Committee Structure and the Success of Connected Lending in Nineteenth Century New England Banks
Early nineteenth century New England banking exhibited high levels of lending to directors and their associates (i.e., connected lending). Today many think this arrangement can lead to inefficiency and financial fragility. This paper explores the decision making processes inside these banks and argues that connected lending was viable when many people were involved in loan decisions. The committees used to vote on the approval of loans are the focus. Banks that required more votes for a given committee size prevented the approval of loans with private gains and social costs. The historical data are consistent with the idea that higher levels of consensus in the loan committees raised the return on assets.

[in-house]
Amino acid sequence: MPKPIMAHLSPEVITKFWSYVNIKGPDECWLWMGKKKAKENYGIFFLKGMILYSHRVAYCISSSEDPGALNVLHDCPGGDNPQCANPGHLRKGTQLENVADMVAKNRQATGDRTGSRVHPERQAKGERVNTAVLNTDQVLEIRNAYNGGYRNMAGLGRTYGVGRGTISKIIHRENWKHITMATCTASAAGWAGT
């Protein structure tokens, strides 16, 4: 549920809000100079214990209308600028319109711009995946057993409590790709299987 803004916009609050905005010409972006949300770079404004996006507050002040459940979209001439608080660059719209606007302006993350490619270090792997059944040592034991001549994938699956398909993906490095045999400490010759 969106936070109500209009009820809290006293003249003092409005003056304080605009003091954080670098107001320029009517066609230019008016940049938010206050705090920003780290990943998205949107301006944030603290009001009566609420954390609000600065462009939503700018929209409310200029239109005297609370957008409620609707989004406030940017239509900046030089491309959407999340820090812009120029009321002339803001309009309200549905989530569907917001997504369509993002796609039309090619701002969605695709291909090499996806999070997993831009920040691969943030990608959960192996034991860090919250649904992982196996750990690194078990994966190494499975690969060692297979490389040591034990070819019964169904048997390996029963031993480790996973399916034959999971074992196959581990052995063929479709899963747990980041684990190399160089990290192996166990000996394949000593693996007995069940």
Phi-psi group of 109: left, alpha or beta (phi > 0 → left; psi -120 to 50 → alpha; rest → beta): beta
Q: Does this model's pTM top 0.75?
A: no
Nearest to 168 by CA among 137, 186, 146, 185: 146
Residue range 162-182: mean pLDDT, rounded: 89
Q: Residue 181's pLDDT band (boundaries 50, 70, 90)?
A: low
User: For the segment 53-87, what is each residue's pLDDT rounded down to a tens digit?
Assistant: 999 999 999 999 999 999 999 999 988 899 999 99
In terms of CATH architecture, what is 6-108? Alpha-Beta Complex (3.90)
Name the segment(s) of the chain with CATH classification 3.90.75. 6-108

Published: Meissner, Christopher M. "Voting Rules And The Success Of Connected Lending In 19th Century New England Banks," Explorations in Economic History, 2005, v42(4,Oct), 509-528.